“History will one day have its say; it will not be the history taught in…Washington, Paris, or Brussels…Africa will write its own history, and it will be…a history of glory and dignity.”

All images courtesy of www.africandigitalheritage.com unless otherwise stated.

Mau Mau Field Research in Kenya

As you may have seen on our social media, our team recently visited Kenya to conduct field research on the remains of Mau Mau detention centres. This work builds upon the archival research and work on digital maps of the ‘Pipeline’ that we’ve previously undertaken. Our work in Kenya was supported by the UCL Centre for Critical Heritage Studies, as well as National Museums Kenya, and of course our Kickstarter backers.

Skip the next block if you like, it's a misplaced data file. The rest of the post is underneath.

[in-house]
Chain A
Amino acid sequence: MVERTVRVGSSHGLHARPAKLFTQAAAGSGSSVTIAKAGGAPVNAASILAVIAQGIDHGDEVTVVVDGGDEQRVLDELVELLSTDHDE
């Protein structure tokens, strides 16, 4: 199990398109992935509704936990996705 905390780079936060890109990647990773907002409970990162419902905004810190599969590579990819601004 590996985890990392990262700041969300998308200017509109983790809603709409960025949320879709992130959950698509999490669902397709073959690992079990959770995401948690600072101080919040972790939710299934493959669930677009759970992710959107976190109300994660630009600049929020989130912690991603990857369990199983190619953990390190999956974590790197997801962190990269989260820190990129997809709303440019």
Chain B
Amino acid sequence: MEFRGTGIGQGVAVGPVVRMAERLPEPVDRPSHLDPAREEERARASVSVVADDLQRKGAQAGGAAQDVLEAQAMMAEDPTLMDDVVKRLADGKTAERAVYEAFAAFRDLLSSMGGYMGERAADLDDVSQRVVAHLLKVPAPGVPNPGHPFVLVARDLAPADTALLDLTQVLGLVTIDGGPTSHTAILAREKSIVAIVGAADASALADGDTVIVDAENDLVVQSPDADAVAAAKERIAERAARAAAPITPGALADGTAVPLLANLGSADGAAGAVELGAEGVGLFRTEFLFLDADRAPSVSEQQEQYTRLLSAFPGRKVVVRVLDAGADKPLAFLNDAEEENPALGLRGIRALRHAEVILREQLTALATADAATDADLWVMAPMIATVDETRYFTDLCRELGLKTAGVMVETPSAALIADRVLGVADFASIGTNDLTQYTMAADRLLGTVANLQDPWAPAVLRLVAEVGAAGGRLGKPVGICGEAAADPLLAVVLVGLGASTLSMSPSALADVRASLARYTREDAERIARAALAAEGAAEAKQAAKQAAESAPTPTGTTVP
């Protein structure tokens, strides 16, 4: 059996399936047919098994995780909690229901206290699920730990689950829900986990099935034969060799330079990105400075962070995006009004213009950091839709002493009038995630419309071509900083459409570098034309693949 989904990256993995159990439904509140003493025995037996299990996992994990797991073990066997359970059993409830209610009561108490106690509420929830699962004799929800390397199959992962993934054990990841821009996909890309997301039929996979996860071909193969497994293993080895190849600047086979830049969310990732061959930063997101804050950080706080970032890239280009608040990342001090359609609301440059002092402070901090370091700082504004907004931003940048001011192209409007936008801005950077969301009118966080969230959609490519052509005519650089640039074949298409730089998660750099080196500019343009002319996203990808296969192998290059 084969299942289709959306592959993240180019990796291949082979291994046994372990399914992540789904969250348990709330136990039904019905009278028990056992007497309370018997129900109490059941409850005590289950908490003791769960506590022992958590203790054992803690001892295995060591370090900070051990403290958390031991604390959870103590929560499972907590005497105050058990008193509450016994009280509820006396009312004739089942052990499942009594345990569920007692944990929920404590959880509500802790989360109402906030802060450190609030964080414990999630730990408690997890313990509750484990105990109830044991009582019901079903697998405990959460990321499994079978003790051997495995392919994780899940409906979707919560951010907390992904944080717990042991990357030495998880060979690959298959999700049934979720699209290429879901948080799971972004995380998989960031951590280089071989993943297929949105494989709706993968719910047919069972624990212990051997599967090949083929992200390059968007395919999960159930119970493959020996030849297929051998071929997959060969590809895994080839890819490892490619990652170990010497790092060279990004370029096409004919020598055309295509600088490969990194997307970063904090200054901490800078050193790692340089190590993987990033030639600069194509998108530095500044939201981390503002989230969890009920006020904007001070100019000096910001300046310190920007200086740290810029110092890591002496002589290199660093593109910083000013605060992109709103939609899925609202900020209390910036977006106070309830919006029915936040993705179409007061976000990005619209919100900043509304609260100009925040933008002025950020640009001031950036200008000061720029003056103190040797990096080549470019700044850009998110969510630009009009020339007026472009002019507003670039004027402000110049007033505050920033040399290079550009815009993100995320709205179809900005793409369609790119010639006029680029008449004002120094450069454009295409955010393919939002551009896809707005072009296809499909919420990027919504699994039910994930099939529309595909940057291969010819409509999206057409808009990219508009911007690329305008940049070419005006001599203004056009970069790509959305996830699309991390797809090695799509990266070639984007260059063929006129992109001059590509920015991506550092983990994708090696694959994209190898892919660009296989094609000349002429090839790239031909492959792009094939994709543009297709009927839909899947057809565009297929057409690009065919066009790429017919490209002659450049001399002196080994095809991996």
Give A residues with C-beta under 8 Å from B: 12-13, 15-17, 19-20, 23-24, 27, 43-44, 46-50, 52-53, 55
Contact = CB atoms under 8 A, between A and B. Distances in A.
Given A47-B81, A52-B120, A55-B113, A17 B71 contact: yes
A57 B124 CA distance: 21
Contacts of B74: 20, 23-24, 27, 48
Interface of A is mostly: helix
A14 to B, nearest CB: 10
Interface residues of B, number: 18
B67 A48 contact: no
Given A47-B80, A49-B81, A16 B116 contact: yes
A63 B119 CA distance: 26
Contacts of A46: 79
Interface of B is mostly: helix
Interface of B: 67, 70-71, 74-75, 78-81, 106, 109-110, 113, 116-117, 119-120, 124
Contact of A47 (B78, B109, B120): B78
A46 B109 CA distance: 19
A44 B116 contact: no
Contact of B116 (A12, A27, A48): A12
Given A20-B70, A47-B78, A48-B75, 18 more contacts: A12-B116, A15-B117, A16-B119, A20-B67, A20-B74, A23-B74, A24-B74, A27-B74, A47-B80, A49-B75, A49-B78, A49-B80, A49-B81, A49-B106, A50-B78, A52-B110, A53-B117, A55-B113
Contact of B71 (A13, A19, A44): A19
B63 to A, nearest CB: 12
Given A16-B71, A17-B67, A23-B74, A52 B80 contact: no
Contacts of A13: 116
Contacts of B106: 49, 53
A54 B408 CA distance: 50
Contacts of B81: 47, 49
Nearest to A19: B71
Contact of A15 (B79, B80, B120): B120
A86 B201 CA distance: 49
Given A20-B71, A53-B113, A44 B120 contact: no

Our aim was to survey the remains of these colonial detention centres and work camps, in the hopes that a study of such sites would illuminate the lives of prisoners (and their captors) during the Mau Mau Emergency, and the technologies of structural violence employed. We wanted to record and preserve this archaeological heritage, ultimately with the aim of improving understanding of Kenya’s colonial history in both Kenya and the UK.

Anthony Maina outside Nyeri Museum

Anthony Maina outside Nyeri Museum